Thank you
Jeffrey Zeeman
 

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Read the stored codes. Jump Te1 and e1 in the check connector with a paper clip then turn key to ON position. Check engine light will blink out the 2-digit codes.

Do a search for info or videos showing how to do this if you've never done it before and don't understand exactly what to do.
 

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Thank you all. Please see video. Apologies for so short. Erractic reving when hot.

https://youtu.be/mbzUxpe4iM8

I'm tending to think issue is pointing to fuel starvation. My Technician can only look at my vehicle on Monday next week.
Excellent info so far.
This is caused by vacuum-leak. Extra air sucked in and engine revs higher. ECU tries to correct by closing IAC, engine slows down. Extra air sucked in leak and engine revs higher, etc. etc. etc.

Vacuum-leak also causes lean mixtures, especially when you increase throttle. Lean mixtures causes stumbling, loss of power.

And... leak has gotten worse and mixtures are lean enough to throw a code... probably 25.
 

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Discussion Starter #19
Greetings All,

I have jumped Te1 and E1 and receive error code 52, which is knock sensor. We replaced and tested the knock sensor and vehicle still pings only when hot and is intermittent. Pinging occurs more often under acceleration and under load. I have also noticed whilst climbing a hill and speed reduces, I then need to change down a gear to maintain speed and pinging is very prominent. I have noticed, when vehicle is cold it does not ping. I have done a bit of research and there seem to be so many variables that can cause pinging. Vehicle is 29 years old and I have done 811 000 km's. Valves were replaced at 750 000 km's. Original bottom end of engine, same pistons, rings, etc.There is a bit of carbon build up on the pistons, but my Technician says nothing to worry about.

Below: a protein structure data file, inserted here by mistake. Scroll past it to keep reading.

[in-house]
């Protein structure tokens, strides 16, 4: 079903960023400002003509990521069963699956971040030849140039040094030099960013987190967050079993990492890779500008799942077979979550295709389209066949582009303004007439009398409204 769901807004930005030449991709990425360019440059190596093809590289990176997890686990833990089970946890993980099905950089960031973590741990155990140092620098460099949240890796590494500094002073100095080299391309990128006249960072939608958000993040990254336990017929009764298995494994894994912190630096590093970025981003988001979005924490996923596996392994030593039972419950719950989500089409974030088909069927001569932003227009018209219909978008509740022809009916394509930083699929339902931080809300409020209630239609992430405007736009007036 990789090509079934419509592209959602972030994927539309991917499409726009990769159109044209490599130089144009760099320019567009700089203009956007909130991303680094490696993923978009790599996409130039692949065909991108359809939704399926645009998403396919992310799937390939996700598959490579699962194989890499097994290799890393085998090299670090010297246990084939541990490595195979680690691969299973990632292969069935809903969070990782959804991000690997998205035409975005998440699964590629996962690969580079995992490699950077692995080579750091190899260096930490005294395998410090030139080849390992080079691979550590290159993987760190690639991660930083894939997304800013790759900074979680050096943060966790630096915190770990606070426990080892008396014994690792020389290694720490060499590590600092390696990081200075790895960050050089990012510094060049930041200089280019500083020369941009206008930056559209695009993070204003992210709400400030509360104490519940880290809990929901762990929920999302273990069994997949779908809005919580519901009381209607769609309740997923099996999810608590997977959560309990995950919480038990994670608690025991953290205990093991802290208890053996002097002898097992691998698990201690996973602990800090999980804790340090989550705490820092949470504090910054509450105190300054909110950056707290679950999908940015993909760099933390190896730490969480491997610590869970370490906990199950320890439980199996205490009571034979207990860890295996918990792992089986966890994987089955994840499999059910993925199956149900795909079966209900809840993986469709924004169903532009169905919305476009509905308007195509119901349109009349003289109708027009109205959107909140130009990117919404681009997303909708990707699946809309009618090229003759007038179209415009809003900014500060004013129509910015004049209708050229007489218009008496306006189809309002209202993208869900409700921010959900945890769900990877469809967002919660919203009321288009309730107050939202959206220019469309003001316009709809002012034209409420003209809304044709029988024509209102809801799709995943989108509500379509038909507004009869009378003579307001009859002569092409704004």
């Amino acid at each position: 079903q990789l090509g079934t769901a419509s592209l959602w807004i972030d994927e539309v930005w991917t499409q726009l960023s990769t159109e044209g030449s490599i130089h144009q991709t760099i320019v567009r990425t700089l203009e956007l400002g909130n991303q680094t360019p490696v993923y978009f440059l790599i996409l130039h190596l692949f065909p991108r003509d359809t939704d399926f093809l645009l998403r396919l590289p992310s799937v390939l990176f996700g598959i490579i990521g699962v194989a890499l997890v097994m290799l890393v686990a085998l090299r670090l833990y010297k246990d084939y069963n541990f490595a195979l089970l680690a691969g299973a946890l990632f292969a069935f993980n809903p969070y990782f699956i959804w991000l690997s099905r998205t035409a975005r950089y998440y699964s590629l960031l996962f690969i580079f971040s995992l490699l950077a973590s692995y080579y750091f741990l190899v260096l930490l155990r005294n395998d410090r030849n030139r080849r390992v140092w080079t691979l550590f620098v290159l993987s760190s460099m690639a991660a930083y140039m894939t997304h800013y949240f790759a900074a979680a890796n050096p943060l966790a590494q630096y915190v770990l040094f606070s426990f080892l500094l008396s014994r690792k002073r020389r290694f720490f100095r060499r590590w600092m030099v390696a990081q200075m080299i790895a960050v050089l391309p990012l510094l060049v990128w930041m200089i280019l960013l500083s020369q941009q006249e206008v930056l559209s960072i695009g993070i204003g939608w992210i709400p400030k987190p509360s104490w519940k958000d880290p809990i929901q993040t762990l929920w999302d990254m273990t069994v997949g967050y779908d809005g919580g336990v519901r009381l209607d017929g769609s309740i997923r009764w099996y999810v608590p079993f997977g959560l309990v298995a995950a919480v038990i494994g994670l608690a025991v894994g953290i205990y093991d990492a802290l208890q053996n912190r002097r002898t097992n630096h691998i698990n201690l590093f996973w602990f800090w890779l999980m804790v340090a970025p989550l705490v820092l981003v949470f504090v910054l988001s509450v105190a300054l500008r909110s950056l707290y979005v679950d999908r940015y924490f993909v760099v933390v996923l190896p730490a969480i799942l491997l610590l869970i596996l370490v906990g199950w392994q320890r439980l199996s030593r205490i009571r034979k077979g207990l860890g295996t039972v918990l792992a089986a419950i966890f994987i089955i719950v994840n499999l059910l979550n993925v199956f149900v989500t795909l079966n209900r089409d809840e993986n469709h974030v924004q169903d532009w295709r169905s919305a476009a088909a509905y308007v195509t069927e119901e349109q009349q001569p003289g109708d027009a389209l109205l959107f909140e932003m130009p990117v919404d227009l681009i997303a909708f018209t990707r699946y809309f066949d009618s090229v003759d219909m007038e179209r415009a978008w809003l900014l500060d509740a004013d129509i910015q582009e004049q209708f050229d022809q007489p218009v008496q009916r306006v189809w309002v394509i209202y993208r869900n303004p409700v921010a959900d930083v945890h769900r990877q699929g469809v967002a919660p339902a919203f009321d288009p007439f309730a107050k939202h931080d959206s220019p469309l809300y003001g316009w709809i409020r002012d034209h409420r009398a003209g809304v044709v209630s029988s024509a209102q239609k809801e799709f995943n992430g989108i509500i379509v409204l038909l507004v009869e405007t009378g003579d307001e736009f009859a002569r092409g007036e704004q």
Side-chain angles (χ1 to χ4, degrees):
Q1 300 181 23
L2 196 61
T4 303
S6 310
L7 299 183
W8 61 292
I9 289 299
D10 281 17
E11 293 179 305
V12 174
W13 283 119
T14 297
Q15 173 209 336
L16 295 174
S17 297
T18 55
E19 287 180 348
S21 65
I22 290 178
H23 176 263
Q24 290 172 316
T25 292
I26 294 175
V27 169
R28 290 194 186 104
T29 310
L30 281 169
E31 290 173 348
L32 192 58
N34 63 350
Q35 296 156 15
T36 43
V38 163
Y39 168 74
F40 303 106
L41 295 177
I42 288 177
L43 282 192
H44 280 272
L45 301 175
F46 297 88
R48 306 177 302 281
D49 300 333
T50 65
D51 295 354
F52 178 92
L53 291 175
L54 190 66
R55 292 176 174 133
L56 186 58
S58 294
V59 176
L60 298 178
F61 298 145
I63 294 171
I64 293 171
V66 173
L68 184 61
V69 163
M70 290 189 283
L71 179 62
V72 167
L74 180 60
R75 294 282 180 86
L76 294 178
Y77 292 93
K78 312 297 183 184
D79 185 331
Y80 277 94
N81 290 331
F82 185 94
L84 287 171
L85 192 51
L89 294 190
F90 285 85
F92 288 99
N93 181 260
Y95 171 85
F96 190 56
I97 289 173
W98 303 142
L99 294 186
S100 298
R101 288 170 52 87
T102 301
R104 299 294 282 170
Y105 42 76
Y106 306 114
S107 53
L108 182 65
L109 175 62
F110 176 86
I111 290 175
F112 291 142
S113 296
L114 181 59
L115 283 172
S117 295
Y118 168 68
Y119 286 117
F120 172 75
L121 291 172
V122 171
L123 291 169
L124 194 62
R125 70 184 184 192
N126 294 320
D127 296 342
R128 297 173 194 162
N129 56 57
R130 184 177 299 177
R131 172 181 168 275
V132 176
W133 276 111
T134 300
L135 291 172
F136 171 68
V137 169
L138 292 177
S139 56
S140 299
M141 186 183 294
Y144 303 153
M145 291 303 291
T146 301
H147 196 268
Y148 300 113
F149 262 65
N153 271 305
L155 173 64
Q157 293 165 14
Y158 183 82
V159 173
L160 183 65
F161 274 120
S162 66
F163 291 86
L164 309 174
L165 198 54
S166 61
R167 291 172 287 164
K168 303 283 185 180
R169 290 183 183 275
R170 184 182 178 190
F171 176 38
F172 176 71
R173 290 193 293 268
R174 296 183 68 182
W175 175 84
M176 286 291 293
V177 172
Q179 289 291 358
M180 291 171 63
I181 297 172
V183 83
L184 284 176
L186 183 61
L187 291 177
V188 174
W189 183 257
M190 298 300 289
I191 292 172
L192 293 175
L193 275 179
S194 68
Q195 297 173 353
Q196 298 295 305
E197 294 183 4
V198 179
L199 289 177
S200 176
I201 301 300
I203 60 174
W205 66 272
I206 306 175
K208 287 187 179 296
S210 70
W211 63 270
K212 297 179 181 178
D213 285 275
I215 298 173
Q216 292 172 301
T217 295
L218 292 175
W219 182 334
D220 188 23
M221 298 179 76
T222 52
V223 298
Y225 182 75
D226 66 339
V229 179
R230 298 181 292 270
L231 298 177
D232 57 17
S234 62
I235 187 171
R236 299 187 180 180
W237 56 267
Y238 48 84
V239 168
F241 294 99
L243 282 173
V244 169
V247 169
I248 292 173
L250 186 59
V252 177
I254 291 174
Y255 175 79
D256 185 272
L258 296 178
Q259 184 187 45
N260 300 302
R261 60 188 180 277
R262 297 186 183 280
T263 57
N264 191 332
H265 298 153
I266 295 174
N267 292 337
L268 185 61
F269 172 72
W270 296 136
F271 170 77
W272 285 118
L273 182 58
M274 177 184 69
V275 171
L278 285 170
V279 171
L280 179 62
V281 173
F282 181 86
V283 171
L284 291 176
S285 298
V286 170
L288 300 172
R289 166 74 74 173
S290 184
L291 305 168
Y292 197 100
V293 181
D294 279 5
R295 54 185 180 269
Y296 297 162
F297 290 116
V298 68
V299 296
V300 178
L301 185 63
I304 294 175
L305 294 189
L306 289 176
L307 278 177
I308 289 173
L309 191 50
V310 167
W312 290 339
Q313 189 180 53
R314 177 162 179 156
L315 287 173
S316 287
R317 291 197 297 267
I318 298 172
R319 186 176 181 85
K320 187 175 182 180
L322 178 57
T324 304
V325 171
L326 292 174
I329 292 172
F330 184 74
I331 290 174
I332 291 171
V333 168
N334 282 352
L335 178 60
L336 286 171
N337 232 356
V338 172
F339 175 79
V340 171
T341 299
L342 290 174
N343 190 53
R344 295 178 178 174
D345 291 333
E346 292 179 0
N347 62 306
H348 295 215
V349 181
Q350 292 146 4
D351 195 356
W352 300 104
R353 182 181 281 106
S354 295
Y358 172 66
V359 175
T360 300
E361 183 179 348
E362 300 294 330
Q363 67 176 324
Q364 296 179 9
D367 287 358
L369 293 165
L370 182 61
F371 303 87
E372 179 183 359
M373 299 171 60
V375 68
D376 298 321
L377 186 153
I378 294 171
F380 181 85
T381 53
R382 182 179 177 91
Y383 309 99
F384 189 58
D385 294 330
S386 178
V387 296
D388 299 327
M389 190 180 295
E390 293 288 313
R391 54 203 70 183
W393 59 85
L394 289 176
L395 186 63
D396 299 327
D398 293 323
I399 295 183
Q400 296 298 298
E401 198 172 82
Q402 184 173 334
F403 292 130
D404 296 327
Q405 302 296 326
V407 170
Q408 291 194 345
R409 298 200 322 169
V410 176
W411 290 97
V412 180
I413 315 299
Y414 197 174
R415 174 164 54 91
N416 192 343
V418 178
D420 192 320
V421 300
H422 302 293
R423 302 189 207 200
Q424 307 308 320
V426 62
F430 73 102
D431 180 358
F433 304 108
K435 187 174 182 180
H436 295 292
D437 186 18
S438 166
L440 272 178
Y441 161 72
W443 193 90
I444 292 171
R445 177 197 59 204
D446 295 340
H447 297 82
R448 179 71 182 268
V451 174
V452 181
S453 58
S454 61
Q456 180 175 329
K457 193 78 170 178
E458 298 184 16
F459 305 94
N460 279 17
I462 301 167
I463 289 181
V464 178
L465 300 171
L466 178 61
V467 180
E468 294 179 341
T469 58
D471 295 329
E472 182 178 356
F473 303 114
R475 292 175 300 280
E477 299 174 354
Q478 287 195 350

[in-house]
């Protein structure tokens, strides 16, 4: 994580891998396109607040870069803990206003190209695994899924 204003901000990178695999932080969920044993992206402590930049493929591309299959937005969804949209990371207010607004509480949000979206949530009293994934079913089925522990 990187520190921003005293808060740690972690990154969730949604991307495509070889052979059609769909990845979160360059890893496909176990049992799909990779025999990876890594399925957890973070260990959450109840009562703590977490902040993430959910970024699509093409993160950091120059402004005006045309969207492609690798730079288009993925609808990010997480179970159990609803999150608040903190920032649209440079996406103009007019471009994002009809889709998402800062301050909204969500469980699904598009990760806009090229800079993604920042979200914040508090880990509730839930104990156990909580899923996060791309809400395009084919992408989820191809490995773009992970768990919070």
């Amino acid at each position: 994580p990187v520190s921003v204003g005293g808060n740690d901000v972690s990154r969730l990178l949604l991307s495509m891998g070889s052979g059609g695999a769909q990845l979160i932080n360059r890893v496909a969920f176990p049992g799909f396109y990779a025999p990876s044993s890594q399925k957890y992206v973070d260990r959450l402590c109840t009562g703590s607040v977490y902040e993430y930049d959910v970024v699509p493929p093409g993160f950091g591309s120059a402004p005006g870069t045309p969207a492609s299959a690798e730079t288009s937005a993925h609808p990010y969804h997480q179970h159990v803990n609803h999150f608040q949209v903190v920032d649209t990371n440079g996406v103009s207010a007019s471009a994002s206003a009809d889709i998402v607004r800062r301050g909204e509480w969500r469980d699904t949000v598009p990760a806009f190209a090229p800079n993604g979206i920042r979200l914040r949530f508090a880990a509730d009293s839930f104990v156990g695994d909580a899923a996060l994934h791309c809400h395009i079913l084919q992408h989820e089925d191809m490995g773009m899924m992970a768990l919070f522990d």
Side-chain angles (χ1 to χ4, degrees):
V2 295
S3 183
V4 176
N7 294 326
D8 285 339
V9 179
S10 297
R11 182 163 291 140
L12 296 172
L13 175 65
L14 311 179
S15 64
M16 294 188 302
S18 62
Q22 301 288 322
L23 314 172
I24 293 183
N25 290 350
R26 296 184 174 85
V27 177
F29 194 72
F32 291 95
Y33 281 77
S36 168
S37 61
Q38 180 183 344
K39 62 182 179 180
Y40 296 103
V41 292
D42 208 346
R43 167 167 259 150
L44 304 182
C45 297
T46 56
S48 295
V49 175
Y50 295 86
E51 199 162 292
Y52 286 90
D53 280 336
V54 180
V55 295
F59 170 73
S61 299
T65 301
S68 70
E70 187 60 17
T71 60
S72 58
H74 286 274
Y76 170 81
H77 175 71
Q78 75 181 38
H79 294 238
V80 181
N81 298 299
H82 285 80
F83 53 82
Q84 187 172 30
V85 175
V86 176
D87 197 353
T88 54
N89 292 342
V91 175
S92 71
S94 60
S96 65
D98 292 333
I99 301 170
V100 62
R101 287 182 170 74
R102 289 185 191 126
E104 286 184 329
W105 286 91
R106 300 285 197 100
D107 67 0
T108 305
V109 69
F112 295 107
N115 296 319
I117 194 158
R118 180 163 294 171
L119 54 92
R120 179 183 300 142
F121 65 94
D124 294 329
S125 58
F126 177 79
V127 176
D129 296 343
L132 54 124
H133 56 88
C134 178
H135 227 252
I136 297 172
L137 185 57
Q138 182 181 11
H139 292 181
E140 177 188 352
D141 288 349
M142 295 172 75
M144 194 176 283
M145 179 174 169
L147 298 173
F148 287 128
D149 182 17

The below is a quote from one of the forums on the internet, which I found interesting:

"The pinking/detonation typically occurs at lower to mid-range rpm under heavy throttle, often going up a hill for example. The solution for me has been to install a slightly heavier spring in the distributor that regulates initial advance. Engines are most sensitive to this in mid-range."

Any further suggestions please?
 

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If the ignition timing is adjustable then check/adjust it to proper specification with a timing light. This is where you aim the timing light at the pulley and loosen/rotate the distributor. Lots of how-to info and videos online.

If the timing is advanced too much it will cause pinging.

If you have an EGR system make sure it's working correctly. You can test all the parts: EGR valve, modulator, vacuum switching vslve (VSV). Also check and clean out all the EGR passages as they tend to get clogged over time.

The EGR system lets inert exhaust gases mix with the intake air/fuel and this slows down the combustion speed which prevents pinging.

These are the 2 main things that will cause pinging, assuming you are using proper octane fuel.